10 Video Games That Would Make Great Movies

I recently broke down ten of the greatest video game adaptions, but this time I'm going to switch gears. Instead, I'm going to talk about what games would make great movies, and what would need to be done to keep the adaptation intact with that game’s lore and characters. Keep in mind some of these properties may be in rumored production, or have been in the past. There are no heavy details at this point in regards to production on said properties, so I'll just let my imagination run wild. Enjoy!



The world of Bioshock is ideal for film, as its watery depths offer a grandiose vision of corruption and terror. While the plot twist of the first game would be somewhat difficult to translate into a film, the world of Rapture has plenty to offer in its eccentric characters and philosophies. There’s the chance to introduce new characters that reflect these philosophies and present them elsewhere during the events of the first Bioshock game. While there were plans to make Bioshock into a movie, the production has been hanging out in limbo for some years. If the picture ever gets picked up again, it's clear that David Fincher or Guillermo del Toro would be able to recreate Rapture into film. Both directors have shown great skill in creating dark atmospheres with equally intriguing plots and political themes (with Fight Club and Pan’s Labyrinth, respectively). Both directors would have to establish the rules of the game’s world, and how those rules lead to absolute chaos. But from there, the story would be able to take off in a grand mix of thrills and horror. 

Silent Hill 2

Silent Hill.jpeg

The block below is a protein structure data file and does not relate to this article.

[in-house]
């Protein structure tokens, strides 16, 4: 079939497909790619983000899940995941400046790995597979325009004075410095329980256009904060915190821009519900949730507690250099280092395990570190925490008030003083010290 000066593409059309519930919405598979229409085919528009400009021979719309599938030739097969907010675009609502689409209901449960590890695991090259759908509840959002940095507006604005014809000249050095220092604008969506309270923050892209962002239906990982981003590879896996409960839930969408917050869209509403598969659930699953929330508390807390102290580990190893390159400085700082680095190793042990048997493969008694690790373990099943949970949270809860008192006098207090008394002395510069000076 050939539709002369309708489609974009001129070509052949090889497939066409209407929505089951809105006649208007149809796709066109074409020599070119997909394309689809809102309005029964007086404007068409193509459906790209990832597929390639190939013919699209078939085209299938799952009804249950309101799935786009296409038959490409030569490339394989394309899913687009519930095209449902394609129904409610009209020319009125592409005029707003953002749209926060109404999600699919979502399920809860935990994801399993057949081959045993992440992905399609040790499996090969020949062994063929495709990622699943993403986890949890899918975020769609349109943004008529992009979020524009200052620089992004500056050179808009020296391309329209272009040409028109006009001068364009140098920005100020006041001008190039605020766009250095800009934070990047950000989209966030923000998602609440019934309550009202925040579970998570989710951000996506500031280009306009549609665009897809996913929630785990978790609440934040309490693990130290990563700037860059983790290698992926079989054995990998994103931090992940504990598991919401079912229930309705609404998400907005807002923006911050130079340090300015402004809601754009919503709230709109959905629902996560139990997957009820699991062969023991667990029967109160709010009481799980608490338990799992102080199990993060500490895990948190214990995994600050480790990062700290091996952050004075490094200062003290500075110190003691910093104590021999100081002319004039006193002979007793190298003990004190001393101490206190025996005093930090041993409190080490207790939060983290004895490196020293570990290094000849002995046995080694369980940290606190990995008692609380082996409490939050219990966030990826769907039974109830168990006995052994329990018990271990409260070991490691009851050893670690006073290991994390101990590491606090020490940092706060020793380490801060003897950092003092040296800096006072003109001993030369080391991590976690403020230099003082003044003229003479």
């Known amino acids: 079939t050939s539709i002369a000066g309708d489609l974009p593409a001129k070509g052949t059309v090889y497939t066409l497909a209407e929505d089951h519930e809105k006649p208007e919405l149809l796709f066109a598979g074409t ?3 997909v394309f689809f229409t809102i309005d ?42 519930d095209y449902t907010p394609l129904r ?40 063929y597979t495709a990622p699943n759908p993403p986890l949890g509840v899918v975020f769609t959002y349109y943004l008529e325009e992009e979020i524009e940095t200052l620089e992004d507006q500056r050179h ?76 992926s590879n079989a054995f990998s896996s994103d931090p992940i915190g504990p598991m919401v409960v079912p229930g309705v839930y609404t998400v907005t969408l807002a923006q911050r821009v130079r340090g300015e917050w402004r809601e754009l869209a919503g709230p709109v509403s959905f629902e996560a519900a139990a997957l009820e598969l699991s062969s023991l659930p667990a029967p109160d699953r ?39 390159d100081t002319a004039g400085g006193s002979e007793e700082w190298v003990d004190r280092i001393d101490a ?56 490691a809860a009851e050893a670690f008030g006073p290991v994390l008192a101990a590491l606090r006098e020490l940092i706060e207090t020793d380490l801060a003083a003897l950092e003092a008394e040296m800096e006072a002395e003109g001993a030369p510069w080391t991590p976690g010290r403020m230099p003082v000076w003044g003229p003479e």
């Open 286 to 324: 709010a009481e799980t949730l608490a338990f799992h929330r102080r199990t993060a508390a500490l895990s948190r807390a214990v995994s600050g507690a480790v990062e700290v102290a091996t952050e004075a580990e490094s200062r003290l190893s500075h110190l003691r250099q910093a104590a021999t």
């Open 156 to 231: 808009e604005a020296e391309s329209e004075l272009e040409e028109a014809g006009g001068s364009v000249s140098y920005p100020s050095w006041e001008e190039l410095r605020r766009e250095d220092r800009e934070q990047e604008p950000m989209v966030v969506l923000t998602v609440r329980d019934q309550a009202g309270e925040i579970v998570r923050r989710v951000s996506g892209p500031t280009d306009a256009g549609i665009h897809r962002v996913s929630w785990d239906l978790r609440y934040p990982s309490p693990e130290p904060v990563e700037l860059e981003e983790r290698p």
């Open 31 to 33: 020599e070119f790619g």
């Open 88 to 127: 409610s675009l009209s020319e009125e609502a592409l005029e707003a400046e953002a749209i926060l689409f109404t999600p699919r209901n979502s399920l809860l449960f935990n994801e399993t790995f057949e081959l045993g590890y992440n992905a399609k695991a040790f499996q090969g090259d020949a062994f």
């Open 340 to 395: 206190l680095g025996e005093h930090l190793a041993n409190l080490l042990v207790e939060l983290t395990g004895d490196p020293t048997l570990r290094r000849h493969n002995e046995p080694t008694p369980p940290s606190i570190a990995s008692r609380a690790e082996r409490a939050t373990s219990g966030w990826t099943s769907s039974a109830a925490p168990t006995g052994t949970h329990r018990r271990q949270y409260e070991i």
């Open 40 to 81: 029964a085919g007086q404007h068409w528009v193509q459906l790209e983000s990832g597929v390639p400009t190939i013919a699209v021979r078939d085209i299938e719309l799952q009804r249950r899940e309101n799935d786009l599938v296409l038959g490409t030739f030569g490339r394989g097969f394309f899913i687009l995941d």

We already have two Silent Hill movies, but what about a loyal take on perhaps the Silent Hill series’ darkest game? Out of all the Silent Hill titles, Silent Hill 2 presents the most disturbing and horrific story of one man’s journey in finding his dead wife. While the story would have to be exact to the game, what would equally be as important in an adaptation is the game’s environment. As James travels through the town of Silent Hill, fog shrouds his sight in each turn, preventing him from being fully aware of what dangers may appear. Silent Hill 2 is the sort of story that would translate into a slow-burn art film (like The VVitch or A Ghost Story); for it’s this sort of lingering progression that allows the emotion of the game to seep into the player (or in this case, the viewer). Combined with a minimal score and dark characters, you’d have a horrifying experience with a Silent Hill 2 film adaptation. For something like this to take off, someone like James Wan would be able to masterfully handle the property. When you look at the intricate steps in editing and storytelling that took place in such films as The Conjuring or Insidious, it’s easy to see how Wan could translate those skills into a much more sinister and dreadful depth.